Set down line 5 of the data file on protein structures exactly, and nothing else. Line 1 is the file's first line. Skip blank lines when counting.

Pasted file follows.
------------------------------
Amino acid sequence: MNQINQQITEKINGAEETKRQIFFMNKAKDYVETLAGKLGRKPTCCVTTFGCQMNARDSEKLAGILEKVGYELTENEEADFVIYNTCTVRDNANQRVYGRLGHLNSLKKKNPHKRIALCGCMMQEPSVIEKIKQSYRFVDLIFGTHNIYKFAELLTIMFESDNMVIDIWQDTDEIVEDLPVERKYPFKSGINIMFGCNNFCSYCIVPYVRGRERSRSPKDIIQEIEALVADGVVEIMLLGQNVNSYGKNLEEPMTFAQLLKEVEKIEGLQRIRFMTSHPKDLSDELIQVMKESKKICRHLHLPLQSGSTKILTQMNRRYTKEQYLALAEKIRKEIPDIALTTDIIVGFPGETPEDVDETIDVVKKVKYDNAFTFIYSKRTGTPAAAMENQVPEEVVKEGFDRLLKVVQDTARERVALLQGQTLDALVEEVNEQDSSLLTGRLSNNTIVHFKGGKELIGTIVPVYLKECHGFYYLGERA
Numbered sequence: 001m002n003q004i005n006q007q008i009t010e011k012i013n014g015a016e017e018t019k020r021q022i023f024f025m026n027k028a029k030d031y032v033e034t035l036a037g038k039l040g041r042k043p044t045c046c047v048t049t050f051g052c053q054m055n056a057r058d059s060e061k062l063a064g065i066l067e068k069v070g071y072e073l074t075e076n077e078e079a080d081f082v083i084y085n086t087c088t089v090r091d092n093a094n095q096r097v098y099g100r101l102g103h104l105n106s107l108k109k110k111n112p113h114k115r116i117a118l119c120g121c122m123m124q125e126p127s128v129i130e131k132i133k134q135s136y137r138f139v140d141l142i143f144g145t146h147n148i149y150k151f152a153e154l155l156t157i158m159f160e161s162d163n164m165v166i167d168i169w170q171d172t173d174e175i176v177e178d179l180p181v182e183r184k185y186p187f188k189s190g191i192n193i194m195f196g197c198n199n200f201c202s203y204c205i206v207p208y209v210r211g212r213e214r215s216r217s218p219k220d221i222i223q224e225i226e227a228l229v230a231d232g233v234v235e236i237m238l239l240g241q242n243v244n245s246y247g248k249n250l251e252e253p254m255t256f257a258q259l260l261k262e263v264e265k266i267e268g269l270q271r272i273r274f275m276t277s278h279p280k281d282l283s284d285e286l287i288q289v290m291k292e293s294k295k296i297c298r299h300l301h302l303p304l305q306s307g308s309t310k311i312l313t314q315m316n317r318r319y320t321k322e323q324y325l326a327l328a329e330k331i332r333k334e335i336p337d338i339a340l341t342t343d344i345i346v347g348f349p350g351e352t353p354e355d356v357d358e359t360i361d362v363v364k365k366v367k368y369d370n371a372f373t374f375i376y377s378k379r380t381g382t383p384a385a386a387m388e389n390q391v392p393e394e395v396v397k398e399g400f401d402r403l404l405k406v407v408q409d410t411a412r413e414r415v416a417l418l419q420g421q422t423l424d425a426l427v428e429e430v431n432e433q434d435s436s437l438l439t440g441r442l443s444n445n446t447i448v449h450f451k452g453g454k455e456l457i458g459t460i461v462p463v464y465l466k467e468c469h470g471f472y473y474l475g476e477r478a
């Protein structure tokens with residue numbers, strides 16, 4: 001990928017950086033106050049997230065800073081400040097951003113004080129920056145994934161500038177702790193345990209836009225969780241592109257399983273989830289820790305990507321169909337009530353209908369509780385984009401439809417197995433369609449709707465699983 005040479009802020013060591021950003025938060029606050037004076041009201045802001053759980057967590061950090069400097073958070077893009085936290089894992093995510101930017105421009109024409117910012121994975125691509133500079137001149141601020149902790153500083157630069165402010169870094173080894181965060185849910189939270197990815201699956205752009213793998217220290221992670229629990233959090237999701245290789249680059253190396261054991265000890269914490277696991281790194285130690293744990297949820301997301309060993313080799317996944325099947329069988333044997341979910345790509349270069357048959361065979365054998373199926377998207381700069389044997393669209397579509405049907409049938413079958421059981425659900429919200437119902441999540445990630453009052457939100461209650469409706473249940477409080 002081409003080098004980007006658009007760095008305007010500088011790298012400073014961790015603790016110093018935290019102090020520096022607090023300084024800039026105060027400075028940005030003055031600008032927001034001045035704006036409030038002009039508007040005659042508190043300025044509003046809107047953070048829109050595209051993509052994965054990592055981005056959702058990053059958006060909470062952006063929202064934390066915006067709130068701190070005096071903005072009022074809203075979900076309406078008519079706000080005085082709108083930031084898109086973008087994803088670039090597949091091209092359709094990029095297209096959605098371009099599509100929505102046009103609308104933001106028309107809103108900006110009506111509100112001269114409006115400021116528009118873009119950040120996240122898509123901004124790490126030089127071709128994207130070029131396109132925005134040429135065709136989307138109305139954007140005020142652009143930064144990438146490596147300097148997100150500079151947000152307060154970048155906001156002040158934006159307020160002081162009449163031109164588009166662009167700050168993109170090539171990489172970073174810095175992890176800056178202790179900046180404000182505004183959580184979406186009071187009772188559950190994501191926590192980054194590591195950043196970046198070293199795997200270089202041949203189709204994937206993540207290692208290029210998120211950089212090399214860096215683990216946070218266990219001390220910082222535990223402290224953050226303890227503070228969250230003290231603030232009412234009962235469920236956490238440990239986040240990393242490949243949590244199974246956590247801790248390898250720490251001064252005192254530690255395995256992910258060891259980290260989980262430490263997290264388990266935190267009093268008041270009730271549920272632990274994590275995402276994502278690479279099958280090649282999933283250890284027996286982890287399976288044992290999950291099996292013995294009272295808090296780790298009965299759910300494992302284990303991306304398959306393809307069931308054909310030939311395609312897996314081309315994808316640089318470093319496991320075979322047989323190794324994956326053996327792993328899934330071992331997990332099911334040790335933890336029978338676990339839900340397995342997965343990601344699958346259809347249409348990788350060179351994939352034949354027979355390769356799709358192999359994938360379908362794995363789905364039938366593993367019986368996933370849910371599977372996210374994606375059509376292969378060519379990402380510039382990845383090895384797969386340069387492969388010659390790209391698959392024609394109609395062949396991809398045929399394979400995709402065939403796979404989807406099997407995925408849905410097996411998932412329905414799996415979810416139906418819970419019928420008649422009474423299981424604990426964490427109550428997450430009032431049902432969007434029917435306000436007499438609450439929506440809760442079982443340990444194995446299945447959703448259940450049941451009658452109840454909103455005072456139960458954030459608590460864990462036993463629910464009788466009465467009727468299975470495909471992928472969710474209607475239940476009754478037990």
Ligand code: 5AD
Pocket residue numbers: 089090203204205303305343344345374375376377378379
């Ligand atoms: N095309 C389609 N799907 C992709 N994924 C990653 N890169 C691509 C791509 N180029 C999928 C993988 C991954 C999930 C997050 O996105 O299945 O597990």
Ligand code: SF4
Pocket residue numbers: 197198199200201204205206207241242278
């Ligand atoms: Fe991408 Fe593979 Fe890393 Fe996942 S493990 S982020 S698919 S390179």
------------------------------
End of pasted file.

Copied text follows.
Pocket residue numbers: 089090203204205303305343344345374375376377378379